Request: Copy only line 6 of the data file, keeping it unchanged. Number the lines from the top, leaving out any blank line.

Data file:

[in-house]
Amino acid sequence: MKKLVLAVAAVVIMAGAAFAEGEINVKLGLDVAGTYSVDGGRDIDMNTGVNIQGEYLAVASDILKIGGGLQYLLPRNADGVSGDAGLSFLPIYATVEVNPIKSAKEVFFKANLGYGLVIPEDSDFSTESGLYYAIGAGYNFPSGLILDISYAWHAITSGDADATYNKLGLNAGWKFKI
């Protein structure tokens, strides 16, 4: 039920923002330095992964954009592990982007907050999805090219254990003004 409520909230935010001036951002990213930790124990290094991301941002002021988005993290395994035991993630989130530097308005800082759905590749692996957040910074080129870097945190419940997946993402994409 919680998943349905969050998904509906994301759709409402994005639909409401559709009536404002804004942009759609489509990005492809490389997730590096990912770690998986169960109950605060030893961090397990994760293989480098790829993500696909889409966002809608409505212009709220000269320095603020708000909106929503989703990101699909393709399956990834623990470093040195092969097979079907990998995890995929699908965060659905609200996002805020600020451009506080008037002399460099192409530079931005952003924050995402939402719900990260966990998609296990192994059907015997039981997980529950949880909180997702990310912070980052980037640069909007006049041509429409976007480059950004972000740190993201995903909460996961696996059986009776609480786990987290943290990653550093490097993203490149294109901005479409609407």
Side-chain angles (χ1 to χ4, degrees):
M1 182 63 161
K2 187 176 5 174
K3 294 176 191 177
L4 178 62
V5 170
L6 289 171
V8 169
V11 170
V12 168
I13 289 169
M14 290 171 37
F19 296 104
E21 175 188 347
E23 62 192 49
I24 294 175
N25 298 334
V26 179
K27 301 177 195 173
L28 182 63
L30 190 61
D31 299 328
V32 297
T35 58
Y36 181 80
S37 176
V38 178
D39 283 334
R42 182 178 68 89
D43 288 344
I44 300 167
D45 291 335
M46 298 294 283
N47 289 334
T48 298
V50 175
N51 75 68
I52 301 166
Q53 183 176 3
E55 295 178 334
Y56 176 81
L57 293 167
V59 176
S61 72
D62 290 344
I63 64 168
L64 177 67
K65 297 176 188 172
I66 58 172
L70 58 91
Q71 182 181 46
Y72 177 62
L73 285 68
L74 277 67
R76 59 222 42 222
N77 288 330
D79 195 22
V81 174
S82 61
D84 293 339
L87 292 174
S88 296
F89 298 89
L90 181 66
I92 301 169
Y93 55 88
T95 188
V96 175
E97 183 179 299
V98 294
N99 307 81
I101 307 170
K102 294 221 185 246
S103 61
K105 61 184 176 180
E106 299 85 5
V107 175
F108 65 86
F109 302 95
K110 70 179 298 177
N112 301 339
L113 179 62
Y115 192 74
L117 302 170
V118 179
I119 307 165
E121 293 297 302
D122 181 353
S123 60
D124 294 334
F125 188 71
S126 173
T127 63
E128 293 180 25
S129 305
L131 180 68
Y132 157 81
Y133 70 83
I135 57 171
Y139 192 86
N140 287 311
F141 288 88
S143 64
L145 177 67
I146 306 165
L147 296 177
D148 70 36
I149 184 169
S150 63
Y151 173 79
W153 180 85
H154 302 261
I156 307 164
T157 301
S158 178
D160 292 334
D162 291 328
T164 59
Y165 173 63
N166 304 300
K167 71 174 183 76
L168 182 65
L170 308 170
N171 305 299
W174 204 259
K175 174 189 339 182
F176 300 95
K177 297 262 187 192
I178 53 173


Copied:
K2 187 176 5 174